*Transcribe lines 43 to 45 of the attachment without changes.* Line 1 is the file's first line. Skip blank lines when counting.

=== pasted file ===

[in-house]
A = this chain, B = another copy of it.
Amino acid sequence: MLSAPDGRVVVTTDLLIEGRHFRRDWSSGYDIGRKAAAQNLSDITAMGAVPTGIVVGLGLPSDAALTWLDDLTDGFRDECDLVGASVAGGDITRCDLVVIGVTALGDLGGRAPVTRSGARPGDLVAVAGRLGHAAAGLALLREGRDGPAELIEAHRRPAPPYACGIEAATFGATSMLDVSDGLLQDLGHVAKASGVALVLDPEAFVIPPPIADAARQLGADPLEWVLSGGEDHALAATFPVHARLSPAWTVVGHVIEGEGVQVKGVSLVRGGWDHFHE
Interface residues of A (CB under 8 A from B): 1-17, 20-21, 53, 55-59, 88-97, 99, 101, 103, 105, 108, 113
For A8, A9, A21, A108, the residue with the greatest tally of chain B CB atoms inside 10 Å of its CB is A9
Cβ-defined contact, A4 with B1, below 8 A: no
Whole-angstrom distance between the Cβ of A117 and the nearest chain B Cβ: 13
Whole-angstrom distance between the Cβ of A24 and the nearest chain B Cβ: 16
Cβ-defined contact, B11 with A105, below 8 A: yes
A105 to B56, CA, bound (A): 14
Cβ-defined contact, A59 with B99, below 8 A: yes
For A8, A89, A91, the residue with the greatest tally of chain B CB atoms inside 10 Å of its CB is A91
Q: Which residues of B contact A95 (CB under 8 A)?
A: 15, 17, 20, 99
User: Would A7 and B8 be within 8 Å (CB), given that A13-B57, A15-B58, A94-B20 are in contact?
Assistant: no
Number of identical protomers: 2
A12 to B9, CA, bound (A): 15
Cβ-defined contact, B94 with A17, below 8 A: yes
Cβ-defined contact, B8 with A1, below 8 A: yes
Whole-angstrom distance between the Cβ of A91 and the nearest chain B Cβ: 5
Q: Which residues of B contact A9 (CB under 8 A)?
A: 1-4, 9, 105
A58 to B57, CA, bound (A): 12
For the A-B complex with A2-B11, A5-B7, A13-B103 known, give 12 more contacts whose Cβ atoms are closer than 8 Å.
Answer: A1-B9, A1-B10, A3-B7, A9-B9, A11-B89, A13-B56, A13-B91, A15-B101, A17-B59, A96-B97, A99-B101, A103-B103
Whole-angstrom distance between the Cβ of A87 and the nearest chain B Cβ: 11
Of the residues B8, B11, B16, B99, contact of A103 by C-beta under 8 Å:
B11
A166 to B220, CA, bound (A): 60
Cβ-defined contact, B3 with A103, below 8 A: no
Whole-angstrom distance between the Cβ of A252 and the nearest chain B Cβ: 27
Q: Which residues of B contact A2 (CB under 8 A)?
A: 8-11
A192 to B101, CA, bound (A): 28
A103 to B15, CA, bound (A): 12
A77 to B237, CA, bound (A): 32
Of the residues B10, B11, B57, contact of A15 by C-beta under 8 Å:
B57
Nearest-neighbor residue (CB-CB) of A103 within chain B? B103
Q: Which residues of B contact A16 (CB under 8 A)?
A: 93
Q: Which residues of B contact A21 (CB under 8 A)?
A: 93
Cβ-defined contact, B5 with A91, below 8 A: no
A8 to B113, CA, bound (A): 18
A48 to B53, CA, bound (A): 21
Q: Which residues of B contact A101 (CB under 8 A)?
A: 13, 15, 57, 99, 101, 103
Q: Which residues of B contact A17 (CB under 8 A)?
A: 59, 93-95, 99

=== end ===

Q: Which residues of B contact A21 (CB under 8 A)?
A: 93
Cβ-defined contact, B5 with A91, below 8 A: no